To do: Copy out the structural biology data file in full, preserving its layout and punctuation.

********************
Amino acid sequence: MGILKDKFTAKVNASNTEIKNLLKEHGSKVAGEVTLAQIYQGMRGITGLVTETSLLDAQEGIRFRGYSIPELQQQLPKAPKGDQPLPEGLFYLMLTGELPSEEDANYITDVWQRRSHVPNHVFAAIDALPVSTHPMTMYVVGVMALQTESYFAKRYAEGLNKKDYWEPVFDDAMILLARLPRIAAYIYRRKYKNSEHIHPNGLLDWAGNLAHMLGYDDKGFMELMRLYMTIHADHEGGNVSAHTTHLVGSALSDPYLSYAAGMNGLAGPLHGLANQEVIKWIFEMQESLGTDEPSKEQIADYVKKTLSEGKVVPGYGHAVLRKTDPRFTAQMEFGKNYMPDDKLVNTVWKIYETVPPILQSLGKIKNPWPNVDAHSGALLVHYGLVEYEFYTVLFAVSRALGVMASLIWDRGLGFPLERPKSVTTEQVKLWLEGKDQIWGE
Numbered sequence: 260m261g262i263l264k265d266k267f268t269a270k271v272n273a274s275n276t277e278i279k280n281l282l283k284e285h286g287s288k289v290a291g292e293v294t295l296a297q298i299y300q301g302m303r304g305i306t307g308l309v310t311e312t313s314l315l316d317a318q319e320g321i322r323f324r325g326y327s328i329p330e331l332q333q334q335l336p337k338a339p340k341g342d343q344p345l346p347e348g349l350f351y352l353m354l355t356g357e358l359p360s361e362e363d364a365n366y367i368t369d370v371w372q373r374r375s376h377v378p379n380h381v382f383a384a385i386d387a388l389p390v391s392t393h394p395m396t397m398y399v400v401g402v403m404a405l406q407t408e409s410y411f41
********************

Amino acid sequence: MGILKDKFTAKVNASNTEIKNLLKEHGSKVAGEVTLAQIYQGMRGITGLVTETSLLDAQEGIRFRGYSIPELQQQLPKAPKGDQPLPEGLFYLMLTGELPSEEDANYITDVWQRRSHVPNHVFAAIDALPVSTHPMTMYVVGVMALQTESYFAKRYAEGLNKKDYWEPVFDDAMILLARLPRIAAYIYRRKYKNSEHIHPNGLLDWAGNLAHMLGYDDKGFMELMRLYMTIHADHEGGNVSAHTTHLVGSALSDPYLSYAAGMNGLAGPLHGLANQEVIKWIFEMQESLGTDEPSKEQIADYVKKTLSEGKVVPGYGHAVLRKTDPRFTAQMEFGKNYMPDDKLVNTVWKIYETVPPILQSLGKIKNPWPNVDAHSGALLVHYGLVEYEFYTVLFAVSRALGVMASLIWDRGLGFPLERPKSVTTEQVKLWLEGKDQIWGE
Numbered sequence: 260m261g262i263l264k265d266k267f268t269a270k271v272n273a274s275n276t277e278i279k280n281l282l283k284e285h286g287s288k289v290a291g292e293v294t295l296a297q298i299y300q301g302m303r304g305i306t307g308l309v310t311e312t313s314l315l316d317a318q319e320g321i322r323f324r325g326y327s328i329p330e331l332q333q334q335l336p337k338a339p340k341g342d343q344p345l346p347e348g349l350f351y352l353m354l355t356g357e358l359p360s361e362e363d364a365n366y367i368t369d370v371w372q373r374r375s376h377v378p379n380h381v382f383a384a385i386d387a388l389p390v391s392t393h394p395m396t397m398y399v400v401g402v403m404a405l406q407t408e409s410y411f41